Facebook Twitter Instagram Youtube Tumblr

Curator, art world, sensitive to use of “curate”

THE INTERNET — The Museum of Modern Art’s Klaus Biesenbach is worried about the word "curate." The linguistic lament was captured in Wall Street Journal reporter Kelly Crow’s interview with the PS1 Director and MoMA Curator in her publication’s Soapbox column last Thursday:

The museum needs to be a sphere in society where you come, you have a break in your pace and hopefully you leave looking at yourself and the world in a new way. It should be a clear interruption in your regular consumer day.

But we live in a time when we nearly have too much information, and we don't know what's true or not. Online I have two different ages. [WSJ reports he’s 46] There's an overload of information, an overload of offers, an overload of destinations, galleries and products, so that all of a sudden the curator's process of editing and selecting is in danger of being misused to curate everything—T-shirts and chairs. I remember in the 1990s, "curator" sounded a bit odd, then it became incredibly fashionable and now I think might be overused.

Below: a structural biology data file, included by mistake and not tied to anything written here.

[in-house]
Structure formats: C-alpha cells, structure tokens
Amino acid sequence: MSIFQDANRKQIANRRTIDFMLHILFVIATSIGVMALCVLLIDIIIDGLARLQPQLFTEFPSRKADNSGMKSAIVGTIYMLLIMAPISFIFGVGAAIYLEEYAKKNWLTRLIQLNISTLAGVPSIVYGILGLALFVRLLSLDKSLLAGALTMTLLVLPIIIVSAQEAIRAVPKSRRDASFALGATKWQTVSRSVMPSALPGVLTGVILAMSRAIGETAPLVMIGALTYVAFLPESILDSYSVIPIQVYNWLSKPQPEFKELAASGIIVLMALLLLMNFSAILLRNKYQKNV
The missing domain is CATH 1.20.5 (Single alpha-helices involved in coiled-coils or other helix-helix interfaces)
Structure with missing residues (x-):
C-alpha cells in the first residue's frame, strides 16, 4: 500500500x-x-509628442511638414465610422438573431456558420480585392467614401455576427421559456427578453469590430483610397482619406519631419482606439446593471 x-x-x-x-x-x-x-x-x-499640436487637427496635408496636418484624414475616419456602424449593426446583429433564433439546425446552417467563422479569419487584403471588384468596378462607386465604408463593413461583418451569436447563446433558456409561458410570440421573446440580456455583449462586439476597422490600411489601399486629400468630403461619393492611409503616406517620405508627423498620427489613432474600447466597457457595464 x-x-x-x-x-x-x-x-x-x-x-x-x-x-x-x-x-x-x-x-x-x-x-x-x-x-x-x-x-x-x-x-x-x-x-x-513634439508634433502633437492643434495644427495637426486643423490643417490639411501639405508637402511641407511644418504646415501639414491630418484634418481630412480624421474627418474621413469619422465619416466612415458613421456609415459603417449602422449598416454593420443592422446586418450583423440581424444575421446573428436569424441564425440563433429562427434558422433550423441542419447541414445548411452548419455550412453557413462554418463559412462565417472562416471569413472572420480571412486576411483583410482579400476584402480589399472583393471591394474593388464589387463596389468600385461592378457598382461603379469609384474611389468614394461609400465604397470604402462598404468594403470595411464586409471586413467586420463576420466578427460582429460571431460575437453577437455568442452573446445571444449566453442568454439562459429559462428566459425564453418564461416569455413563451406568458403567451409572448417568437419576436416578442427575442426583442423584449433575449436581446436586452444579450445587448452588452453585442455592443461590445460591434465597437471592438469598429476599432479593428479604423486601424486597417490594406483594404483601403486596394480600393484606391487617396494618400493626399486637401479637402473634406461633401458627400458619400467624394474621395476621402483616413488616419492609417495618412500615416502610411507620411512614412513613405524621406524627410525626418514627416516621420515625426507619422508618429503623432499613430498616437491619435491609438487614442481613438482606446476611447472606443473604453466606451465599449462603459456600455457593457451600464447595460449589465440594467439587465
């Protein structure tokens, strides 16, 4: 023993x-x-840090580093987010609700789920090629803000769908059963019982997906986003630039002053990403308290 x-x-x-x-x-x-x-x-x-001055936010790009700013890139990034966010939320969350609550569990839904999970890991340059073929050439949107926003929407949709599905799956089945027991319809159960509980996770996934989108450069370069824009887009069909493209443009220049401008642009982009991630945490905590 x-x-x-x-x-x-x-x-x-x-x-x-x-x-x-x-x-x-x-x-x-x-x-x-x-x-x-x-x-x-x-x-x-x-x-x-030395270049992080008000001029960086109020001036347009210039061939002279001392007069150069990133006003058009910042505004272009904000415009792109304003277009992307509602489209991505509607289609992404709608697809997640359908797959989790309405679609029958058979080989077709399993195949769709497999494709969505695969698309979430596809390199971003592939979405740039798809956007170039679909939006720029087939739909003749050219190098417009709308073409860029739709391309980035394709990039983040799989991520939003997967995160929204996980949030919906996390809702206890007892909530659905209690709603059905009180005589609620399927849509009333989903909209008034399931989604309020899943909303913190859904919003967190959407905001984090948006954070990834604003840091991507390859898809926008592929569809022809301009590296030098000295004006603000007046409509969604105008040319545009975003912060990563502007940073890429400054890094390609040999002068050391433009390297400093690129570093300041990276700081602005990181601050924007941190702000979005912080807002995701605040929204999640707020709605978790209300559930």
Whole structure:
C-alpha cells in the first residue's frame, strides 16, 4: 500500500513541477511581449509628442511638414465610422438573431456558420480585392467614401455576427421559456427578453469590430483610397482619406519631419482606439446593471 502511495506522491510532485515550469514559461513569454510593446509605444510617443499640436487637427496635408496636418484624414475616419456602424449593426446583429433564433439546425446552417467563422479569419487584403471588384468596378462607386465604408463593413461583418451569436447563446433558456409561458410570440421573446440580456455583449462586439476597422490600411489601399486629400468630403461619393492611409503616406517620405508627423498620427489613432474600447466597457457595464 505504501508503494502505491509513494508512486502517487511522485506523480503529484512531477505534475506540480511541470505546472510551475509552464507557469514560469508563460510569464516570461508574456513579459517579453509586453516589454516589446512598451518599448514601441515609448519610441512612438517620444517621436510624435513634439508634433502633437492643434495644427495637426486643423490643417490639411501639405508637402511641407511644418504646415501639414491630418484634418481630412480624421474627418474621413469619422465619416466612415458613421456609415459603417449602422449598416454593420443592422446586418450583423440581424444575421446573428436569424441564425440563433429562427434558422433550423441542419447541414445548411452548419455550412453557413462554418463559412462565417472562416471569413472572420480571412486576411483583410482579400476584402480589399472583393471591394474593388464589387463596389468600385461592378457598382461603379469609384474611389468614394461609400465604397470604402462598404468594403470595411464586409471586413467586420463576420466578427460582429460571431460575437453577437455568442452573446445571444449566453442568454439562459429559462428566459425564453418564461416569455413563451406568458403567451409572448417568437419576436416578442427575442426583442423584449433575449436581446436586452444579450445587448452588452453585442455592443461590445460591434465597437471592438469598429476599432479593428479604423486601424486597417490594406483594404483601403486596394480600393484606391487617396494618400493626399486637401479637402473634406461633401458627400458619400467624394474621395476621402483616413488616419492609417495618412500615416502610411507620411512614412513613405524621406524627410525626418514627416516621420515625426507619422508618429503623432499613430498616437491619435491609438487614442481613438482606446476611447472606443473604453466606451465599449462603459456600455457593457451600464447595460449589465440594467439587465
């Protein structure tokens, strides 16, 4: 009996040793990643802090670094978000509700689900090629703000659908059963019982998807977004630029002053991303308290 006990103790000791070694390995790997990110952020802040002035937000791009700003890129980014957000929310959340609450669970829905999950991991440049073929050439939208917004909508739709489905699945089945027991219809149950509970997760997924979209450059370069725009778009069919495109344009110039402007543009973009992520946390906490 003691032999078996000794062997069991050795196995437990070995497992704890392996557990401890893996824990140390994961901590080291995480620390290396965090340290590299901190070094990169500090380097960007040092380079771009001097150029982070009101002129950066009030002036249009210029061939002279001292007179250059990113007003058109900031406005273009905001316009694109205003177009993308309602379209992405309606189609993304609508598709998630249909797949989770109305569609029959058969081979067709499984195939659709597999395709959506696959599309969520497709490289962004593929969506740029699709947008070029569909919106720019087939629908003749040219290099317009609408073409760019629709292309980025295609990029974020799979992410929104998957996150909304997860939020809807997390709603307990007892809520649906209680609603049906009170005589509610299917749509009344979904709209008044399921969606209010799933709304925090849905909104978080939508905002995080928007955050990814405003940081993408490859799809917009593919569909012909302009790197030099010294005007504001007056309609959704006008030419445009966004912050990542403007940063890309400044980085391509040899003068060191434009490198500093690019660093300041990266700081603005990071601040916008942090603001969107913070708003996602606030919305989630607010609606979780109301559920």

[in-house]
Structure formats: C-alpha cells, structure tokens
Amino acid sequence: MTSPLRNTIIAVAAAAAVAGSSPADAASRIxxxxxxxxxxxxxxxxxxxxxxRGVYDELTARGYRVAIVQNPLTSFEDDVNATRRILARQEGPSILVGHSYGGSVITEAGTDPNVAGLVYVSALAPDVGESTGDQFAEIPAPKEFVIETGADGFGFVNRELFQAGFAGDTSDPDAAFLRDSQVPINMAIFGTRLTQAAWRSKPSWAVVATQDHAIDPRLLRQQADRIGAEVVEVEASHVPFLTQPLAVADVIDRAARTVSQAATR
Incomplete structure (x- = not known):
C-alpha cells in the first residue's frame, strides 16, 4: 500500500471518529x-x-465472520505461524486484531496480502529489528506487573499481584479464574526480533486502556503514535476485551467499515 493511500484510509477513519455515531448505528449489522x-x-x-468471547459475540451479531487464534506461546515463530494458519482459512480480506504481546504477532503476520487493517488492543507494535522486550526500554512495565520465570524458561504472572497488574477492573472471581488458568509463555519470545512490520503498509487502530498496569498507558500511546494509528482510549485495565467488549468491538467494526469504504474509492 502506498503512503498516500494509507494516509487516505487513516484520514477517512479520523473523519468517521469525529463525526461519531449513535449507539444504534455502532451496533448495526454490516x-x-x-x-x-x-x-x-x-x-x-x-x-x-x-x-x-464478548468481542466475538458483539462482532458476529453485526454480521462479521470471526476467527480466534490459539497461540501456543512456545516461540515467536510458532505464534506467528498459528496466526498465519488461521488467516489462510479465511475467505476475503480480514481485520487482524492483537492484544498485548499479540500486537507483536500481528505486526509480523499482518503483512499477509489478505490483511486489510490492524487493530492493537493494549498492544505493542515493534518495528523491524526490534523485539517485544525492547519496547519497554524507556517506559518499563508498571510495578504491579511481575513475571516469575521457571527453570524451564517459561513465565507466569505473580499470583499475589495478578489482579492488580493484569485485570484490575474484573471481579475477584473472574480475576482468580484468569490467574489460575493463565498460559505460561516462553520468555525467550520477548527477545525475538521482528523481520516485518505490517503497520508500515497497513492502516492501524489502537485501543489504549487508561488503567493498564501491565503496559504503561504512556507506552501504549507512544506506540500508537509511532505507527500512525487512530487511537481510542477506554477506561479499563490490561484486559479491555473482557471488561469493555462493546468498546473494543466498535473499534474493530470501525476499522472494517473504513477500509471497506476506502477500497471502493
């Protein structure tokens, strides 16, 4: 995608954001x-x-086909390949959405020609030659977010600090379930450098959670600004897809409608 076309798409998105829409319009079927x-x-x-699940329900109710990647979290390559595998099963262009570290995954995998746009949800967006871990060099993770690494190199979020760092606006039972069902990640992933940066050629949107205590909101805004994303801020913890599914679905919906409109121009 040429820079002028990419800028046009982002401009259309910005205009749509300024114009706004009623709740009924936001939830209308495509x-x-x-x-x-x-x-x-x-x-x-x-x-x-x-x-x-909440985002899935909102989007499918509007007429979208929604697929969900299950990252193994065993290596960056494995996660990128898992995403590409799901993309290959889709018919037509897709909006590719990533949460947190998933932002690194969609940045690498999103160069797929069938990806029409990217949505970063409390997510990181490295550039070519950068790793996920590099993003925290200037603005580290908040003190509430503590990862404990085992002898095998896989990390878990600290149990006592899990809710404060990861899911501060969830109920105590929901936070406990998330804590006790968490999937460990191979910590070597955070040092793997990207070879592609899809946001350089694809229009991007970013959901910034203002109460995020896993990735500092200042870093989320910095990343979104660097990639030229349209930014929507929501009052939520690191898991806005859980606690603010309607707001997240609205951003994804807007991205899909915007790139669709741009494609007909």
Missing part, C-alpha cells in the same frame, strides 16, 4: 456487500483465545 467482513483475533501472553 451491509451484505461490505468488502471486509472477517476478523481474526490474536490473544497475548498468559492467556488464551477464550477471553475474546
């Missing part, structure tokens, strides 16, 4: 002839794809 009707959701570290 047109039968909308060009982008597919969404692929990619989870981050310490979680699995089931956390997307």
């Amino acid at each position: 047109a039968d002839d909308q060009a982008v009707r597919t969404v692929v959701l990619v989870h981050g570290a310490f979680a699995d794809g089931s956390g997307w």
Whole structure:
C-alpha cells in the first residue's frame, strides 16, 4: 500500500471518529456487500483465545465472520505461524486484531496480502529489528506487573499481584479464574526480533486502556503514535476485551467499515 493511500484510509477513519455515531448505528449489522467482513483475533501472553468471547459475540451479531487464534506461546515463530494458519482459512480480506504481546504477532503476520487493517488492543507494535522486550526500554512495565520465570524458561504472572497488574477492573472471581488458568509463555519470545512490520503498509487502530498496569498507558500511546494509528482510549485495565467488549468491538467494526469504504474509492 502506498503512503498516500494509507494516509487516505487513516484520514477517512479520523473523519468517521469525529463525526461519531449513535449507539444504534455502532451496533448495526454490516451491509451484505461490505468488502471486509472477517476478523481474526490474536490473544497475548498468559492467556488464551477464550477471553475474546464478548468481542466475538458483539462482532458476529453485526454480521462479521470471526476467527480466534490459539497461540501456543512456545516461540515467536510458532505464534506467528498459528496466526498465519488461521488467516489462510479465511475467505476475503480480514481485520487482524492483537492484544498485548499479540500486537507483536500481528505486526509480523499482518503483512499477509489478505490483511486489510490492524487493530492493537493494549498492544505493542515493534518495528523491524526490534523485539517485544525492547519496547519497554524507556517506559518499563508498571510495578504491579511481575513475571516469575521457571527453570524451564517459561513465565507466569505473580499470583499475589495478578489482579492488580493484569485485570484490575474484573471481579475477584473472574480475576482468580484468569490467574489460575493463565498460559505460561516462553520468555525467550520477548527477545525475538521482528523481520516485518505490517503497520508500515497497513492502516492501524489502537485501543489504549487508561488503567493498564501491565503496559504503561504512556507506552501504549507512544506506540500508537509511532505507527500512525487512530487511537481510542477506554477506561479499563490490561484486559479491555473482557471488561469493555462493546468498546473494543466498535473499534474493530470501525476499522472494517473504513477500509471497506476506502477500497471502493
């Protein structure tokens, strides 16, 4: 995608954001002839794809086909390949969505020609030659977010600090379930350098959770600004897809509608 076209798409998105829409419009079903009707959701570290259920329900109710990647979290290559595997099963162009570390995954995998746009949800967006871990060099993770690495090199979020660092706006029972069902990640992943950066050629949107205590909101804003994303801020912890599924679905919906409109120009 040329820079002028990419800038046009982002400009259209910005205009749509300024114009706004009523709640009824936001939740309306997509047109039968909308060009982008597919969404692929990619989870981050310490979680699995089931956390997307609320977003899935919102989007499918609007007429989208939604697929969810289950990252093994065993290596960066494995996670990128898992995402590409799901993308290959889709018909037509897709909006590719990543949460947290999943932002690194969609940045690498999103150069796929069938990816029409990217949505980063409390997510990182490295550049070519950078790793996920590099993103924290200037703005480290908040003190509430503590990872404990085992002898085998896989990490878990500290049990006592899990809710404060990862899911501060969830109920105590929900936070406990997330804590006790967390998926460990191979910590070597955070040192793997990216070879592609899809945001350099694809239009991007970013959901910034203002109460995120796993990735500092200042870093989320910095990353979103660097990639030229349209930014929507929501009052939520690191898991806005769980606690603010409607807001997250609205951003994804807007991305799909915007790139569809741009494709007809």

GalleristNY (which today celebrates its first birthday) reported bits of the interview this afternoon, and the following exchange took place between frequent art world commenters Marina Galperina (@mfortki), Paddy Johnson (@artfagcity), Kyle Chayka (@chaykak), and Tyler Green (@TylerGreenDC) over Twitter:

5-19-2015 11-01-13 PM_1

5-19-2015 11-01-13 PM_2

5-19-2015 11-01-13 PM_3

5-19-2015 11-01-13 PM_4

5-19-2015 11-01-13 PM_5

What do you think, Big Red readers? Is the expanded use of "curator" an abuse of language? Tedious annoyance? Just part of the evolution of our words’ meanings?

We recommend reading Chayka's ArtInfo piece on the verb in question, GalleristNY's brief article and a short Book Forum profile of Mr. Biesenbach that GalleristNY references.

About Author

Comments are closed.